When runners think of walk intervals, they may view them as something to be avoided or something only for novices. However, run-walk intervals can be a valuable training tool in a variety of situations, because of their explicit benefits in injury prevention and building endurance.
The Benefits of Run-Walk Intervals
What are the benefits of run-walk intervals?
- Walk intervals reduce the musculoskeletal impact of running.
- They help maintain a low heart-rate and ventilatory rate, thus optimizing aerobic gains.
- Taking deliberate walk breaks helps conserve energy and can aid in running for longer without tiring.
- They aid in building endurance.
Essentially, run-walk intervals reduce injury-risk while building up fitness in a sustainable manner. They are not reserved for Couch to 5K programs; runners of various levels and in various circumstances can benefit from run-walk intervals. Even if you run continuously most of the time, you may benefit from run-walk intervals at certain points in your running career.
For example, I have used run-walk intervals multiple times, including when building back from injury, in the final weeks of pregnancy, and in the first few weeks of postpartum running. Each time, they were the best tool for helping me safely build back my fitness.
Runners from novice to those returning from time off to even ultra runners can benefit from run-walk intervals.
Who Benefits from Run-Walk Intervals?
Run-walk intervals are a staple in beginner running plans, and for good reason. Novice runners need to build both endurance and musculoskeletal strength for running. Run-walk intervals provide the appropriate amount of loading to develop both without inappropriate overload.
Run-walk intervals are less intimidating for many new runners. Running for 20-minutes can sound downright impossible when you are first starting out; running for 1-minute at a time is manageable.
True beginners will want to start with shorter run intervals and longer walk intervals, such as 1 minute run, 2 minute walk. The goal is to allow your body to adapt to the musculoskeletal stress of running, so it is always better to be more conservative.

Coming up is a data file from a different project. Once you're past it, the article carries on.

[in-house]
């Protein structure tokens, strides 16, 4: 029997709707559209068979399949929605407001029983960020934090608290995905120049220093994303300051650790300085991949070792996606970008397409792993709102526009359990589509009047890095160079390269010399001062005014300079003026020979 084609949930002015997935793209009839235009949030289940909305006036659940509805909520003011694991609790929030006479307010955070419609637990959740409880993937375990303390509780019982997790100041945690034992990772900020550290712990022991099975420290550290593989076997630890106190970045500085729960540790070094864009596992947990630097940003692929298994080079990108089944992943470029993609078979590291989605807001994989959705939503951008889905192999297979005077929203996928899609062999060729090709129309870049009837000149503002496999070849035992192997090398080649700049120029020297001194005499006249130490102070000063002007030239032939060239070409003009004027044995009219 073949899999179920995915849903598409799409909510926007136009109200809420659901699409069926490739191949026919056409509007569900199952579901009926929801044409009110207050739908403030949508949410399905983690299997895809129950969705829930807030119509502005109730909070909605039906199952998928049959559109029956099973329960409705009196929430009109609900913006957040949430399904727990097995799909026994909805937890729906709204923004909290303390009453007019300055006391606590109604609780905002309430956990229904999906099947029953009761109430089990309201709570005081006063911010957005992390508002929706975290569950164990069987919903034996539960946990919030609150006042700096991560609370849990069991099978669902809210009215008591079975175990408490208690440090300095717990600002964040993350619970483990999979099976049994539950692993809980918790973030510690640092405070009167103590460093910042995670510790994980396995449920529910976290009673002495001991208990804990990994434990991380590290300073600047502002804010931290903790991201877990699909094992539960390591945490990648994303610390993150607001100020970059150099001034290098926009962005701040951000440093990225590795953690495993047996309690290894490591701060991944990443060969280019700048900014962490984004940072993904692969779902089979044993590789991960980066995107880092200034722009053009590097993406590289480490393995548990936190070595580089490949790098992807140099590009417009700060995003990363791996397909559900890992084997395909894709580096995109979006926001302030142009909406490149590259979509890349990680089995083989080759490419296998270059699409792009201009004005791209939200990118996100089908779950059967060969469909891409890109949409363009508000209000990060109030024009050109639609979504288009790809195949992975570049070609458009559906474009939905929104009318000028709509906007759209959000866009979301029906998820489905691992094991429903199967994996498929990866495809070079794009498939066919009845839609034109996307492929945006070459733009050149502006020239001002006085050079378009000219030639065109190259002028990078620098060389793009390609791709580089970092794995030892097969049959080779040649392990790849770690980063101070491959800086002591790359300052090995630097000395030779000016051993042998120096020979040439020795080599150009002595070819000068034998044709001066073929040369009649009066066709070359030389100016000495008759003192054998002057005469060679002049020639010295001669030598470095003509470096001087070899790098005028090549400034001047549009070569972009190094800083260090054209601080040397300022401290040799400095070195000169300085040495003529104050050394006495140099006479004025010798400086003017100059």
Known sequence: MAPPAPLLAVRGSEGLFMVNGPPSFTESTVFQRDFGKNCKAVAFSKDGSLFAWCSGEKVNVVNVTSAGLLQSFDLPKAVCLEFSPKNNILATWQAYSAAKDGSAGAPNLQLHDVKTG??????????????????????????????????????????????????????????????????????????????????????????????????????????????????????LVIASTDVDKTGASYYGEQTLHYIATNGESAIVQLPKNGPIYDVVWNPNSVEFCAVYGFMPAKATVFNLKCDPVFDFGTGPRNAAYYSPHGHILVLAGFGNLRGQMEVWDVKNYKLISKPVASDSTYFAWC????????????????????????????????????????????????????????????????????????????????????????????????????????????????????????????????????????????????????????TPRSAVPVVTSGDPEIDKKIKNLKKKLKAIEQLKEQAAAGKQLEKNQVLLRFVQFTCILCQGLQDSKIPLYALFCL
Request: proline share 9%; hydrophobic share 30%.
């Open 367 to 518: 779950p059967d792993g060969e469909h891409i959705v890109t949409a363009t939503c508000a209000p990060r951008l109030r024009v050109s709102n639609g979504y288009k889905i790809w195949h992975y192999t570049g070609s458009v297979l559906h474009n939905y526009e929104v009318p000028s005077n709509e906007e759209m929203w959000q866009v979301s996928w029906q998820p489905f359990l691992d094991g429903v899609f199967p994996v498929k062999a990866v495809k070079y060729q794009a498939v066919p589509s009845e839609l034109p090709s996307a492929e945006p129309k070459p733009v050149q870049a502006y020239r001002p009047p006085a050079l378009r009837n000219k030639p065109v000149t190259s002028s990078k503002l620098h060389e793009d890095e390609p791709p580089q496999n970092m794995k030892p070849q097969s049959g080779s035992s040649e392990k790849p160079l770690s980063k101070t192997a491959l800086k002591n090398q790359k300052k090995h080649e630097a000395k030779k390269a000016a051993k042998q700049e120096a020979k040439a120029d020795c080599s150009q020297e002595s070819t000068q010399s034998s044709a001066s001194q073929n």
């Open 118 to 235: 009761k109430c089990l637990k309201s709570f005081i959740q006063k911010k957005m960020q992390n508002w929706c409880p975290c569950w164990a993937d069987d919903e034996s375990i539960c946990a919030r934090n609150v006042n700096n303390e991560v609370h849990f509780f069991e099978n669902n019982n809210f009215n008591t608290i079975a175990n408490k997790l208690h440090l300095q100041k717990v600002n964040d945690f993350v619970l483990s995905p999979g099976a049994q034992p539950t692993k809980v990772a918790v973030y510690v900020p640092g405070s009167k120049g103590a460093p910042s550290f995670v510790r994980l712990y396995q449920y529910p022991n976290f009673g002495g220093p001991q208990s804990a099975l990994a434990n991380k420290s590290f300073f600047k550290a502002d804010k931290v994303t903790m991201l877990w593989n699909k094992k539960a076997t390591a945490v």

Runners coming from a fitness background (strength training, swimming, etc) can use run-walk intervals to adapt their bodies to the high impact of running. Even if you have a strong aerobic engine, your bones and muscles need to adapt to the movement patterns and impact of running. Many beginners experience issues like shin splints or injuries due to failure to allow for musculoskeletal adaptation.
Some runners will progress to continuous running, while others will continue to use walk breaks as they advance in their running. Continuous running is not a litmus test for being a “real” runner. As a coach, I have worked with intermediate runners who use walk breaks often – and have ran PRs, marathons, and ultras with walk breaks.
Returning from Injury
Since run-walk intervals reduce musculoskeletal stress, they are ideal for an athlete returning from a stress fracture or long-term soft tissue injury. Generally speaking, if you endured a bone injury and/or were off of running for more than six weeks, you want to ease back in with run-walk intervals. (Read here for more on how to return from injury.)